Taking clients and students on peak ascents is a wonderful experience. First there is the preparation, pulling equipment together, packing what is truly necessary and paring down what is not. Then there is the emotional and mental readying for what is to come, perhaps the ascent will be extremely physical or involve dealing with fears and anxieties. Finally, the trailhead is reached and the excitement of what is about to begin; the weight of the pack settles into the shoulders, the smell of the forest fills nostrils and the crisp air provides a sense of freedom and anticipation. The toil begins, onwards, upwards, step by step, height is gained, views increase, nature becomes more stark, there is a proximity to the clouds that induces a closeness to higher power, and so it goes on. If the planets are aligned then a peak is reached, the world opens up under our feet and a sense of euphoria sweeps us up.
This though is often when the real work begins, tired, emotionally spent we have to descend with the accompanying tightness in the knees, the proneness to day dreaming and the exposure of facing out and down. This is often the time when fears are outed and it is usually compounded by having to negotiate steep, loose ground. There have been a number of times when someone in my group has frozen, deciding that they are not up to the task. Their skittering feet and the potential of the fall mapped out clearly below them stops them in their tracks. This is when the plea of, “I can’t do it, I can’t go on” really is not an option. There is no turning back and making it go away. So how does one deal with it?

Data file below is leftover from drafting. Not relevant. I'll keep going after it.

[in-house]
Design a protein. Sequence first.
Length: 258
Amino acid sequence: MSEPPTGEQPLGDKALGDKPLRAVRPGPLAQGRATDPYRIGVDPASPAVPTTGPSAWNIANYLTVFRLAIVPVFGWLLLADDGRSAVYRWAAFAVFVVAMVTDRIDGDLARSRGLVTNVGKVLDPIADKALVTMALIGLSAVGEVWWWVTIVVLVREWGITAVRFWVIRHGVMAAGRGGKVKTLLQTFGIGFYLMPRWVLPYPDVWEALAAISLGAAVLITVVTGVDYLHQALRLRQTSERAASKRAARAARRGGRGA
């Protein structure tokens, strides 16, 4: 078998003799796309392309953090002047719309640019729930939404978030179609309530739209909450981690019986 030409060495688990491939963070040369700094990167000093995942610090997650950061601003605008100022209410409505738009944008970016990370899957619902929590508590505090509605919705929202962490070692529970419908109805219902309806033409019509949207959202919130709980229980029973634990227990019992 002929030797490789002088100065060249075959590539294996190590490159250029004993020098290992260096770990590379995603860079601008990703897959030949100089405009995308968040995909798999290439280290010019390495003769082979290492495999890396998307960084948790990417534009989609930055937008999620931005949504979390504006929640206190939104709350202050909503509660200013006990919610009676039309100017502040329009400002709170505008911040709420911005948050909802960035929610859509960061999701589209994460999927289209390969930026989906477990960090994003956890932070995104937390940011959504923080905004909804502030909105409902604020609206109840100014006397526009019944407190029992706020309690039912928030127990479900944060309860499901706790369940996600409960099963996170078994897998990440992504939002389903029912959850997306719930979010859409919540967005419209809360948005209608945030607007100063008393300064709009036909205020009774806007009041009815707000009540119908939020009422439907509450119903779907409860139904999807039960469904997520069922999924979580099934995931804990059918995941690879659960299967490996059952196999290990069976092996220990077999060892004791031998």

My usual response is to pull out two flat rocks and place them on the back of the hands of the person struggling. I will model how to walk down hill balancing these friends. Immediately, my knees bend, my butt closer to the ground, legs acting as shock absorbers, back straight, hands in front, poised like an extreme skier. This is the ideal posture for negotiating such terrain, feet stick and if they do not, then the loose screes can be surfed. For the mentally drained, focus turns to the back of the hands, the distant view becoming blurred, like a shifted aperture on a camera. While the location is still obvious they disassociate from it and it no longer occupies the prevalent place in their mind, they are disconnected from their fear, they do not worry about their feet or the fall, they think about balancing the rocks. The result is truly magical, fear is replaced by drive, confidence comes from practice and the descent is safely navigated. Accomplishment is the order of the day
If you are feeling overwhelmed, and you are freezing up, what can you do to refocus? By shifting the emphasis to a small seemingly insignificant detail can you replace anxiety with elation? Good luck.